The kind of quick-release pin shown in the picture has a cap with an interior thread so it can be removed from the pin which has an exterior thread, revealing a center rod that extends axially down through the pin. My question is this: is the center rod a single piece that reaches down to the balls to cause them to protrude from the surface of the pin, or does that rod consist of two pieces, a long rod and a very short piece abutting it at the bottom that forces the balls outward when the center rod is pushed down into the pin?

The DIY connection, I want to make a cement mixer's barrel easy to remove from the motor shaft so I can power-wash the inside after using it. The motor isn't supposed to get wet but has no protection against water ingress. The unit ships with a large 12mm diameter pin and a cotter pin.

quick-release pin

P.S. If it weren't for the fact that the drum is rotating, and over the course of the 360 degree sweep there are some pieces of the motor mount that are in the way if the clip has twisted slightly, these clips would work fine. I mangled one when trying them out for this purpose.

hitch-pin clips

  • It's a well-formulated question, but who can say? That's a design/engineering thing that almost no one has personal insight into. I'd assume a single pin with a concentric spring, but....
    – isherwood
    Commented Jul 27, 2023 at 14:08
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    I don't understand how the internal construction of the center pin influences the need to remove the mixer bucket for cleaning. Perhaps you could clarify how the center pin construction is important? Commented Jul 27, 2023 at 14:18
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    A better question showing how the barrel is mounted, might get an answer if that type of pin will work. Those pins are just for holding, they do not provide any tension/tightest to the mounting.
    – crip659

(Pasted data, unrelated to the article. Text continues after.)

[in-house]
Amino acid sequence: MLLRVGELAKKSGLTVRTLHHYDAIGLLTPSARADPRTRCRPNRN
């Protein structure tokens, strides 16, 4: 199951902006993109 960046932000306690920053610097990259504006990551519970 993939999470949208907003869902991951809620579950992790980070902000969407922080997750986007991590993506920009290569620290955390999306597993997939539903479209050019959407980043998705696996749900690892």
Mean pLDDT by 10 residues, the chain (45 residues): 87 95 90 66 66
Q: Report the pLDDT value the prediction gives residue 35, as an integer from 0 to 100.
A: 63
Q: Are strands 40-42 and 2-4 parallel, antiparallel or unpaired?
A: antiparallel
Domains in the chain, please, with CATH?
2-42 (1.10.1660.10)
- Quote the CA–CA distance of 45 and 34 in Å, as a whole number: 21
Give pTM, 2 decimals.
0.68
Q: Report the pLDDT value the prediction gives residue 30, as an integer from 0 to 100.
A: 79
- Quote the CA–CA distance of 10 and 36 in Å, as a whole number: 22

Commented Jul 27, 2023 at 14:48
  • @Triplefault: I was trying to learn if the pin I received in the mail was the way it was by design or as the result of damage enroute, possibly in sorting equipment at USPS. The manila envelope the pin was shipped in was quite mangled. The pin had a rod that consisted of two pieces, a long piece and a very short piece down near the balls. But I think the rod had been snapped where its diameter narrows. The spring pin was jammed and could not be depressed.
    – mr blint
    Commented Jul 27, 2023 at 15:38
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    @Crip659: unfortunately not for this mixer design. I've tried the kind of pin you're suggesting, but it twists in place and gets jammed. I'm confident that this quick release type of pin will work better than that, though it's not as simple as I'd like. I do take you point about the mess.
    – mr blint
    Commented Jul 27, 2023 at 16:27

1 Answer 1


The common way that these work is that the center shaft has an indentation that the balls can move into when the center pin is pressed. The center pin is a solid rod with an area that is a smaller diameter. When the pin is in the "locked" position, the balls sit against the large diameter of the pin. When the pin is pressed, the balls sit against the smaller diameter and can move inwards.

Believe it or not, I actually found a YouTube video of how these work, complete with a 3D printed cutaway. The balls are white on the right end, and the grey shaft sits between them you can see the indentation to the left of the balls.

Lock pin cutaway


Of course, every manufacturer is free to make things the way they want, but having a single piece rod is generally going to be less complicated and therefore less expensive than two pieces, so someone would need a good reason to deviate from this basic, proven design.

  • Thanks for a great answer. It is as I thought. The one I bought on a bidding site arrived with an immovable spring rod and when I was finally able to pull that rod out, a second smaller piece fell out. I think it must have suffered some mishap enroute, perhaps in the USPS sorting equipment. It was shipped from overseas in a small manila envelope with a bit of bubble-wrap.
    – mr blint
    Commented Jul 27, 2023 at 14:29
  • There's a lot of clever things in that design, not least being the combination of cross-drill and groove to seat the balls (albeit sacrificing a bit of strength). If the "handle" was threaded and secured with Locktite or similar it would be very difficult to work out the internal arrangement. Commented Jul 28, 2023 at 7:09

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